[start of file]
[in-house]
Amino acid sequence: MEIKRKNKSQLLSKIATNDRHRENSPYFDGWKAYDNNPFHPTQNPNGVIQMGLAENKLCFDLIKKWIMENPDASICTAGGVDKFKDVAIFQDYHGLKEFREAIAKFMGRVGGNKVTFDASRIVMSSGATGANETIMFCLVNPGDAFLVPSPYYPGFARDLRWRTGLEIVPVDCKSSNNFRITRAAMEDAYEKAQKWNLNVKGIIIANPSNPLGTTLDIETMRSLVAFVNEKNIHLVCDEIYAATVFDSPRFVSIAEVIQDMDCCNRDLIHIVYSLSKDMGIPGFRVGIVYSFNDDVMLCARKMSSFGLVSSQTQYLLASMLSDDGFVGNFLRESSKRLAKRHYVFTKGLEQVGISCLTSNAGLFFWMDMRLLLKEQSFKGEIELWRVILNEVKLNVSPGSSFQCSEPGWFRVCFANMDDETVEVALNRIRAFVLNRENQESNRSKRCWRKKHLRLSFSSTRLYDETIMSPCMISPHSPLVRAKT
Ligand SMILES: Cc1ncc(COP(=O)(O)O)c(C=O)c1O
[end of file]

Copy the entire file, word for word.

[in-house]
Amino acid sequence: MEIKRKNKSQLLSKIATNDRHRENSPYFDGWKAYDNNPFHPTQNPNGVIQMGLAENKLCFDLIKKWIMENPDASICTAGGVDKFKDVAIFQDYHGLKEFREAIAKFMGRVGGNKVTFDASRIVMSSGATGANETIMFCLVNPGDAFLVPSPYYPGFARDLRWRTGLEIVPVDCKSSNNFRITRAAMEDAYEKAQKWNLNVKGIIIANPSNPLGTTLDIETMRSLVAFVNEKNIHLVCDEIYAATVFDSPRFVSIAEVIQDMDCCNRDLIHIVYSLSKDMGIPGFRVGIVYSFNDDVMLCARKMSSFGLVSSQTQYLLASMLSDDGFVGNFLRESSKRLAKRHYVFTKGLEQVGISCLTSNAGLFFWMDMRLLLKEQSFKGEIELWRVILNEVKLNVSPGSSFQCSEPGWFRVCFANMDDETVEVALNRIRAFVLNRENQESNRSKRCWRKKHLRLSFSSTRLYDETIMSPCMISPHSPLVRAKT
Ligand SMILES: Cc1ncc(COP(=O)(O)O)c(C=O)c1O